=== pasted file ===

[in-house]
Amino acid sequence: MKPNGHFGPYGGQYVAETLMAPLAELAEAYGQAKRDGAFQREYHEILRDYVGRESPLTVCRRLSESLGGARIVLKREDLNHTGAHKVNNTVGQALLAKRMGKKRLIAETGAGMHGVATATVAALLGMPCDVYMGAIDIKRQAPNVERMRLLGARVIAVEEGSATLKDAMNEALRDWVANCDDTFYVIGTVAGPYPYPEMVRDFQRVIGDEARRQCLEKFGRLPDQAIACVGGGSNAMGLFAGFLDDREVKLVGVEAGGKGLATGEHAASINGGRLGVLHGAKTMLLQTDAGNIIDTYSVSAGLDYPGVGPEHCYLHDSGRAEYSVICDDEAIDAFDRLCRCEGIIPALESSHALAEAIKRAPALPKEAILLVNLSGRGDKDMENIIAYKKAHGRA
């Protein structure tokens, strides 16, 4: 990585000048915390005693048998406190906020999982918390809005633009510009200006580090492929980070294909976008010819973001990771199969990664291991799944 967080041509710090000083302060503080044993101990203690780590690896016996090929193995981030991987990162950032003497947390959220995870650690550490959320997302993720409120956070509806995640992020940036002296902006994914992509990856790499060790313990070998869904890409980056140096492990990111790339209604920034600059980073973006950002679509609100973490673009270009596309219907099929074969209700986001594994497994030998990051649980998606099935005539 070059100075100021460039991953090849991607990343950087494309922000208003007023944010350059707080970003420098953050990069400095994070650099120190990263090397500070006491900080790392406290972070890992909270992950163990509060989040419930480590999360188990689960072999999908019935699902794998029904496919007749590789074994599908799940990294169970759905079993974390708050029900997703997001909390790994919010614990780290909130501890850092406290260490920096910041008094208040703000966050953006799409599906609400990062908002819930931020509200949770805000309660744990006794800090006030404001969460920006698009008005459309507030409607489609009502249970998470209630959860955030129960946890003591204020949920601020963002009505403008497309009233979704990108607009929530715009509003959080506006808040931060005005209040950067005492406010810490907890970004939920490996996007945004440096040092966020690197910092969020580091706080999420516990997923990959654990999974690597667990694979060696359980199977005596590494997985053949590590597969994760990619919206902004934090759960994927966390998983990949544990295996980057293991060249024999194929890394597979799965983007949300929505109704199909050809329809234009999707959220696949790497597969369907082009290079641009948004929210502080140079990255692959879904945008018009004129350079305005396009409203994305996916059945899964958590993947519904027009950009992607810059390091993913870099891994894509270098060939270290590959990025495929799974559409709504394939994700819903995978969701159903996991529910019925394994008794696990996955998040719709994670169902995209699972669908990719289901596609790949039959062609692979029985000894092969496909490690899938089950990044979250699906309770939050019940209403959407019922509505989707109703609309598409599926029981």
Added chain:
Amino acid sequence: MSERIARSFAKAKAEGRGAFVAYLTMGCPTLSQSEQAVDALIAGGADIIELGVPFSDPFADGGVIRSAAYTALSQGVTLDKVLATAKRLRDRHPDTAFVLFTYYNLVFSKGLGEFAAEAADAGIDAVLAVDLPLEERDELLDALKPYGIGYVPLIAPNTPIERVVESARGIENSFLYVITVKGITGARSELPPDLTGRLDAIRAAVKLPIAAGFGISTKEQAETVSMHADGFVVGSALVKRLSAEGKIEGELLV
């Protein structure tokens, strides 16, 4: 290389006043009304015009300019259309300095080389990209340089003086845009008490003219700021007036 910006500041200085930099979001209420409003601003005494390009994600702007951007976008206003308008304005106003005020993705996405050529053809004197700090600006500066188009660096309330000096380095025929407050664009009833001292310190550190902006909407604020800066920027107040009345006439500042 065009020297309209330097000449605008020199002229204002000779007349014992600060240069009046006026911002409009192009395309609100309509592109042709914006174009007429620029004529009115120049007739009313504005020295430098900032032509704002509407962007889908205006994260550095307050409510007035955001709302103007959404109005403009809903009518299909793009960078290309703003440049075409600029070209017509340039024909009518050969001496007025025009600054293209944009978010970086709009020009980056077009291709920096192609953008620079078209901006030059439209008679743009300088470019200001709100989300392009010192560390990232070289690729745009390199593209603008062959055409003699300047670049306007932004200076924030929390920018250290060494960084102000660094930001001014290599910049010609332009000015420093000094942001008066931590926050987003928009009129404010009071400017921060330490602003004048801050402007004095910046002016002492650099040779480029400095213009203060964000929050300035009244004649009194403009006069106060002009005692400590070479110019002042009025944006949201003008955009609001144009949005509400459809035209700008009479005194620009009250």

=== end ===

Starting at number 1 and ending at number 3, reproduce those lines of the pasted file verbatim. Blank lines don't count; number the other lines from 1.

[in-house]
Amino acid sequence: MKPNGHFGPYGGQYVAETLMAPLAELAEAYGQAKRDGAFQREYHEILRDYVGRESPLTVCRRLSESLGGARIVLKREDLNHTGAHKVNNTVGQALLAKRMGKKRLIAETGAGMHGVATATVAALLGMPCDVYMGAIDIKRQAPNVERMRLLGARVIAVEEGSATLKDAMNEALRDWVANCDDTFYVIGTVAGPYPYPEMVRDFQRVIGDEARRQCLEKFGRLPDQAIACVGGGSNAMGLFAGFLDDREVKLVGVEAGGKGLATGEHAASINGGRLGVLHGAKTMLLQTDAGNIIDTYSVSAGLDYPGVGPEHCYLHDSGRAEYSVICDDEAIDAFDRLCRCEGIIPALESSHALAEAIKRAPALPKEAILLVNLSGRGDKDMENIIAYKKAHGRA
């Protein structure tokens, strides 16, 4: 990585000048915390005693048998406190906020999982918390809005633009510009200006580090492929980070294909976008010819973001990771199969990664291991799944 967080041509710090000083302060503080044993101990203690780590690896016996090929193995981030991987990162950032003497947390959220995870650690550490959320997302993720409120956070509806995640992020940036002296902006994914992509990856790499060790313990070998869904890409980056140096492990990111790339209604920034600059980073973006950002679509609100973490673009270009596309219907099929074969209700986001594994497994030998990051649980998606099935005539 070059100075100021460039991953090849991607990343950087494309922000208003007023944010350059707080970003420098953050990069400095994070650099120190990263090397500070006491900080790392406290972070890992909270992950163990509060989040419930480590999360188990689960072999999908019935699902794998029904496919007749590789074994599908799940990294169970759905079993974390708050029900997703997001909390790994919010614990780290909130501890850092406290260490920096910041008094208040703000966050953006799409599906609400990062908002819930931020509200949770805000309660744990006794800090006030404001969460920006698009008005459309507030409607489609009502249970998470209630959860955030129960946890003591204020949920601020963002009505403008497309009233979704990108607009929530715009509003959080506006808040931060005005209040950067005492406010810490907890970004939920490996996007945004440096040092966020690197910092969020580091706080999420516990997923990959654990999974690597667990694979060696359980199977005596590494997985053949590590597969994760990619919206902004934090759960994927966390998983990949544990295996980057293991060249024999194929890394597979799965983007949300929505109704199909050809329809234009999707959220696949790497597969369907082009290079641009948004929210502080140079990255692959879904945008018009004129350079305005396009409203994305996916059945899964958590993947519904027009950009992607810059390091993913870099891994894509270098060939270290590959990025495929799974559409709504394939994700819903995978969701159903996991529910019925394994008794696990996955998040719709994670169902995209699972669908990719289901596609790949039959062609692979029985000894092969496909490690899938089950990044979250699906309770939050019940209403959407019922509505989707109703609309598409599926029981």